P.S. I have been drawing more or less every day, but I have also been moving, so you get a drawing another time.
Not sure if I mentioned this or not, but there's an ongoing round-robin story going on at the Clockwork Alchemy website, The Codex of Quills! My episode is the current one up, #4. Here's a summary so far:
A steampunk serial adventure with a new author every episode!
by Dover Whitecliff
Hot. Smoky. Irritating. Any or all of which could pertain to the wildfire-permeated valley air, or the mélange of personalities on the bus. Or the perfect description of Kilpatrick’s commute from the cubicle farm to the coffee house off the freeway.
Cold Brew. That’s all I need. Thirty ounces of caffeinated goodness with just a pirouette of cream will erase Monday and make everything better.
... read more ...
by Katherine L. Morse
“Super Mondo chai, please. Two raw sugars.”
Please just get your drink. I have a date with destiny…or insanity…and I really need a cold brew. “Super Mondo cold brew, um, please.”
The woman who had just ordered rocked back on the heel of her ankle boot and commented, “Super Mondo is a good choice. You’re going to need the caffeine for what lies ahead.”
... read more ...
By Shelli Frew
Kip tentatively opened his eyes and peered around the shop. Only, it wasn’t the bookstore. Instead of the marine cryptobiology section, the shelves displayed rows and rows of lace, some slightly singed at the edges. A large quantity of star charts and compasses replaced the teen romance. Strangest of all, by far, was the old person giving Kip a pointedly annoyed look. The eyes peering out from behind their shiny spectacles looked like goat eyes. Small antlers sprouted from their head and when they opened their mouth to speak, Kip spied sharp teeth like a cat.
“Young creature, I do say! I did not request any messengers this day. And your friend has damaged some of my lace!”
... read more ...
By Anthony Francis
“This the right grave?” Kip eyed the blockish monument; most of Highgate Cemetery was a gothic tour through Victorian willies, weeded to ruins and taking his calm with it, but this imposing rectangle and dour, bearded bust were clean, had fresh flowers, and bore the improbable name KARL MARX. “Seems … I dunno, too high school econ—”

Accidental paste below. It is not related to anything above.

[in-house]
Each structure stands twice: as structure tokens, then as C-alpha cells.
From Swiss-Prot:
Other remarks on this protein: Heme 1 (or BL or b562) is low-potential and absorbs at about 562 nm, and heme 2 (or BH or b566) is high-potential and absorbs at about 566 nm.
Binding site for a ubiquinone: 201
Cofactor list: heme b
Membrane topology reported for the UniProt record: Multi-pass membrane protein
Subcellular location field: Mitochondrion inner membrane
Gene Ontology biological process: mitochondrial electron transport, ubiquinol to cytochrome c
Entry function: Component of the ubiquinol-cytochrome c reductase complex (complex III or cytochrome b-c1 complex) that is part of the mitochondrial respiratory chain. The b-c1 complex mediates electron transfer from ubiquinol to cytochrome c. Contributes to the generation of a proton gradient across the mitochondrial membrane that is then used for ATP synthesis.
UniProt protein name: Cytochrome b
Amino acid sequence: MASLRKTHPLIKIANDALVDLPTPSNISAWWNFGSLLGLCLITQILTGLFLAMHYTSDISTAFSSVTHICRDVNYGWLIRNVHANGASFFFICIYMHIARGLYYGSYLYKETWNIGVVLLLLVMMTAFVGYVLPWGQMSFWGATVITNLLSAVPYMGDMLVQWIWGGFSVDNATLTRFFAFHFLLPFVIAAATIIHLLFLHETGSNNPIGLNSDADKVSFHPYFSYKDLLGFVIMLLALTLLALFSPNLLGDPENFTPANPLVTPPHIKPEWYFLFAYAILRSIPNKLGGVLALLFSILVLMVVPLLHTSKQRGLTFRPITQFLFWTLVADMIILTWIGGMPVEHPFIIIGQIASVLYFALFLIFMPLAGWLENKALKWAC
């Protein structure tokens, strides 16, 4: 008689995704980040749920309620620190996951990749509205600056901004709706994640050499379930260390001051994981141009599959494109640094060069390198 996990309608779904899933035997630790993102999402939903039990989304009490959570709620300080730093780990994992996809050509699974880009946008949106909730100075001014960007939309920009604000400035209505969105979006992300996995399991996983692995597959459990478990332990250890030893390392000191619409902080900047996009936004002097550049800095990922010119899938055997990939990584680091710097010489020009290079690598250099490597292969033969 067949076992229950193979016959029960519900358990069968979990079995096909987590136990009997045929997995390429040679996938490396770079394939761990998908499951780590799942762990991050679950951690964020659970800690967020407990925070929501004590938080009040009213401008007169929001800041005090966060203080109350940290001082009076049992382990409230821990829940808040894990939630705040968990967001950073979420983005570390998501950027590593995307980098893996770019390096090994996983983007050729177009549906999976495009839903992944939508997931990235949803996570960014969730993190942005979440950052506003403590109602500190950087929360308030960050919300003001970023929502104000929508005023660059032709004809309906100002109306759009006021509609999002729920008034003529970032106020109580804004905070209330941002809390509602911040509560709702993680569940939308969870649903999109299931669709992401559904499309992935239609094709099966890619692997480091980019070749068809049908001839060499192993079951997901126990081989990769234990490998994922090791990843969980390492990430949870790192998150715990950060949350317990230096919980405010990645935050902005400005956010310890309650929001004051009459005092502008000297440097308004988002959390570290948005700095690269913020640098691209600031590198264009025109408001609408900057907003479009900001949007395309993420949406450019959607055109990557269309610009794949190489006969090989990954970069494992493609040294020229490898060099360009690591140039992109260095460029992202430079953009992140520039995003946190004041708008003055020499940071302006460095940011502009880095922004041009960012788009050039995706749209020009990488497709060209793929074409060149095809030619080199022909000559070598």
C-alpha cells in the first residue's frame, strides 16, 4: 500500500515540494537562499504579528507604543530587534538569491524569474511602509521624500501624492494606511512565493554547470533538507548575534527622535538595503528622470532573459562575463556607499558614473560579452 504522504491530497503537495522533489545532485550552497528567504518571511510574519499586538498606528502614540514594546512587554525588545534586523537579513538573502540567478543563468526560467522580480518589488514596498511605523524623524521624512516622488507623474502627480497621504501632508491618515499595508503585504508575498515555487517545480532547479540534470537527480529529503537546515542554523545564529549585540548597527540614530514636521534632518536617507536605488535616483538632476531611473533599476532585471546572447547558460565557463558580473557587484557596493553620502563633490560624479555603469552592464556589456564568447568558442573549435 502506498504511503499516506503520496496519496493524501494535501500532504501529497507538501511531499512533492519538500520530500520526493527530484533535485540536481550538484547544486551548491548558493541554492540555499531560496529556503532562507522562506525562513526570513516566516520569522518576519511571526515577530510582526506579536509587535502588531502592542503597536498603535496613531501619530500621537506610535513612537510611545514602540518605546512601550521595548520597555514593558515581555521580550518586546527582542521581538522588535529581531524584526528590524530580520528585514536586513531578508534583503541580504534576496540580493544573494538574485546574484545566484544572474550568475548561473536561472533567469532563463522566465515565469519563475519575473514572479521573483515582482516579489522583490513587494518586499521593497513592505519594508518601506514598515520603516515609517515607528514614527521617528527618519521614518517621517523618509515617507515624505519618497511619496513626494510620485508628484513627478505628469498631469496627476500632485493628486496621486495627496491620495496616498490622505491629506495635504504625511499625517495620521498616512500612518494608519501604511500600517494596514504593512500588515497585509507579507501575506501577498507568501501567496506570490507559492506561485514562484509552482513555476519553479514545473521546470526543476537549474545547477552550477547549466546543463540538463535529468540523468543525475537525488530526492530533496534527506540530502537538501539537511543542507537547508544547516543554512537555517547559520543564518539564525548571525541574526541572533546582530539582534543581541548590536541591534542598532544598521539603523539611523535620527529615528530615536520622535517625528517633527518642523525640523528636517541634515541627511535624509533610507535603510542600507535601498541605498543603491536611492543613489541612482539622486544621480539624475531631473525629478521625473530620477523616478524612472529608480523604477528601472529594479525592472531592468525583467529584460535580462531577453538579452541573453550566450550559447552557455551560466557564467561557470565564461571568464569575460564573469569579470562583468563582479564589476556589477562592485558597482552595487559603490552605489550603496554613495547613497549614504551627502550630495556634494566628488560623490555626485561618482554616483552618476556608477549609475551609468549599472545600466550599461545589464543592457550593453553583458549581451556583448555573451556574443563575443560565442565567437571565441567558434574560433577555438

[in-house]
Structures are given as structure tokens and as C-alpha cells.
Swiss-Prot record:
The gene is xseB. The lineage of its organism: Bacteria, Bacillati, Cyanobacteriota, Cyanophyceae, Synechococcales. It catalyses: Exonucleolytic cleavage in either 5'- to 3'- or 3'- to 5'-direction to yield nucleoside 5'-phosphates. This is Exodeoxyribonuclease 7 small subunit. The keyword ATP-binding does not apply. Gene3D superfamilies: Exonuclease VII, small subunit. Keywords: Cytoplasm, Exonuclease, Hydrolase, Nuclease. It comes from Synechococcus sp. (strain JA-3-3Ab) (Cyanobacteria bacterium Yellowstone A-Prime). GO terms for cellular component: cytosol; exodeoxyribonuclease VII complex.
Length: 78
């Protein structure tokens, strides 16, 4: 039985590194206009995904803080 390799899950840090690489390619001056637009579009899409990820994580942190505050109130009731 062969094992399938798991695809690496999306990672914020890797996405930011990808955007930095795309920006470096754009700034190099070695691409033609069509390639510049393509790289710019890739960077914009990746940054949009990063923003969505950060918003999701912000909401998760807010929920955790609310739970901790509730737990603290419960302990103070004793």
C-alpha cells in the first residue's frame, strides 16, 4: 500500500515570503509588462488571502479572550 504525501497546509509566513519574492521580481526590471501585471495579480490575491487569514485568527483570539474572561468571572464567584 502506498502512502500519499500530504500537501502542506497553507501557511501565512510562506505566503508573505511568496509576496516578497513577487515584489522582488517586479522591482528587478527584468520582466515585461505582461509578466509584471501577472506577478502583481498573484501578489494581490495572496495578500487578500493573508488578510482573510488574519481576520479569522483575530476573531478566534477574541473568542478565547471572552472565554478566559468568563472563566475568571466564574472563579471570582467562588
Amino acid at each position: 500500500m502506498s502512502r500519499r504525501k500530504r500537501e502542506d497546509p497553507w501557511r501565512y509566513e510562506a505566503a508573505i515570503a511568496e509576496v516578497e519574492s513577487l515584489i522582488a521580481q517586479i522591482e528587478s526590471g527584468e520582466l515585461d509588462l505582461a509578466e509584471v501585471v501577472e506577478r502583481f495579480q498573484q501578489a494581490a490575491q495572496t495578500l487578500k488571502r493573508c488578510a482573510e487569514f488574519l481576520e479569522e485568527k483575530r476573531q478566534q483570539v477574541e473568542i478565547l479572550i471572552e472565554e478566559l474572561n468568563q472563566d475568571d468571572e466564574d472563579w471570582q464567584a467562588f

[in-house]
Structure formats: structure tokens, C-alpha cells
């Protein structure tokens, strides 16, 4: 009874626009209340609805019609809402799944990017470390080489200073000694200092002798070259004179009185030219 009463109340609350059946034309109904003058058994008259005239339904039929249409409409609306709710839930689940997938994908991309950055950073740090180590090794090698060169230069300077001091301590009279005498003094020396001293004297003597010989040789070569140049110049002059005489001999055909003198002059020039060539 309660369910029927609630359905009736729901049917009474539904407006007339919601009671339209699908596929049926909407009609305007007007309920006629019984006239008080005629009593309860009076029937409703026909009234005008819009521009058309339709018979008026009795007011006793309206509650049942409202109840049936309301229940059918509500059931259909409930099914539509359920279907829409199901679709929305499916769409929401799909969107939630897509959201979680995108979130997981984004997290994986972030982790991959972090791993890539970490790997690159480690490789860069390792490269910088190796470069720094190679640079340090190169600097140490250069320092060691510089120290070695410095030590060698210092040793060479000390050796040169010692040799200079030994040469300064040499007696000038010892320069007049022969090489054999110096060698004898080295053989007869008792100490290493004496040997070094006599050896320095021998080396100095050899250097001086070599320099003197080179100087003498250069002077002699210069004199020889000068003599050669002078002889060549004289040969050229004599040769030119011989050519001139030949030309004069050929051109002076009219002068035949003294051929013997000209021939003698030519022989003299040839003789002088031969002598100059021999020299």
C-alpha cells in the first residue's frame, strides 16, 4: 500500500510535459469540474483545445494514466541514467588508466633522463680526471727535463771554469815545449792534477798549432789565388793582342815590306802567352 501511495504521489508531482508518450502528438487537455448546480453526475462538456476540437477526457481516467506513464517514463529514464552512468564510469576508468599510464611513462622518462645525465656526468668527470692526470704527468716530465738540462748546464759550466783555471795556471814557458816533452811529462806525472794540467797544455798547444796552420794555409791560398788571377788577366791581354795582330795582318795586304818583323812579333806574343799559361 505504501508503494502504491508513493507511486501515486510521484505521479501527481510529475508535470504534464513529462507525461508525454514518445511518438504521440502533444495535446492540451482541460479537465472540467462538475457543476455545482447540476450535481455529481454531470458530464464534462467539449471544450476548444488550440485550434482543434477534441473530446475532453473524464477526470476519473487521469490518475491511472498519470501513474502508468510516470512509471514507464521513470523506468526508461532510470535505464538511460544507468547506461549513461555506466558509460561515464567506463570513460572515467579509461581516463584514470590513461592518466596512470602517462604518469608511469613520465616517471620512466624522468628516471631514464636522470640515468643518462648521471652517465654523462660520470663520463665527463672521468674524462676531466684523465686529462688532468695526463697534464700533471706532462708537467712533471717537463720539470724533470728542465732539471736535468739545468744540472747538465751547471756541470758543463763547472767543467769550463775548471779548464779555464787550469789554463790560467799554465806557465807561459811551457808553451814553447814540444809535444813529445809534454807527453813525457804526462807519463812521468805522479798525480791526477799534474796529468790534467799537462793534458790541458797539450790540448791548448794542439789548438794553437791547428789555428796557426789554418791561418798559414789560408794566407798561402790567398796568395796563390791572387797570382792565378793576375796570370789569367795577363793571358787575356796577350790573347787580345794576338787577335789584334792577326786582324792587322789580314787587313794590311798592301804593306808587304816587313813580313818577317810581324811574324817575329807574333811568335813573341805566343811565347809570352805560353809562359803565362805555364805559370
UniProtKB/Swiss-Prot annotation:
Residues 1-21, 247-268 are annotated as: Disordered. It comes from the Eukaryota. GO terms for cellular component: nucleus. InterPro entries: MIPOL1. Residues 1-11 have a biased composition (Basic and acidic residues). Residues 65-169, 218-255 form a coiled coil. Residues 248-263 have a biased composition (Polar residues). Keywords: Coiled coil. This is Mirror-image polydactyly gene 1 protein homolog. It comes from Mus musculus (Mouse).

Lieneye the pony snorted, as if to neigh, Are you doubting me? Extrapolating from the rules for talking animals—don’t piss them off—Kip thanked the diminutive steed and dismounted. He barely had to lean before his foot hit flowered gravel.
... read more ...
Only four episodes are up, but I can't wait to see where it goes next, for I have NO idea where that is. :-)
SO! Once again, I have written more than 50,000 words in a month - this time, on Dakota Frost #7, SPIRAL NEEDLE, which is close to being finished. (Yes, yes, YES, I know, Dakota Frost #4-#6 and Cinnamon Frost #1-#3 are not edited yet, editing is harder than writing, and pays less than teaching robots to learn. I'll get to them, I'll get to them, I promise). I can't figure out the new Camp Nano interface to make it cough up the usual winner banner, so you'll just get that screenshot instead.
This is my twenty-ninth victorious Nano challenge and thirty-first attempt overall. That's great stick-to-it-ness, but I was behind for much of the month, not getting my feet under me until the 10th, but I managed a big pushes two weekends a go and a huge push last weekend, leading to me briefly getting ahead of the game right around the 28th, making today an easy coast (1500 words finished me off, though I wrote through to a notch over 1,667 words just for completeness). According to my records, that 8,154 word push on the 25th was the second most I've ever written in a day, topped only by my 9,074 word mad push to finish PHANTOM SILVER, Dakota Frost #5, on July 30th, 2016.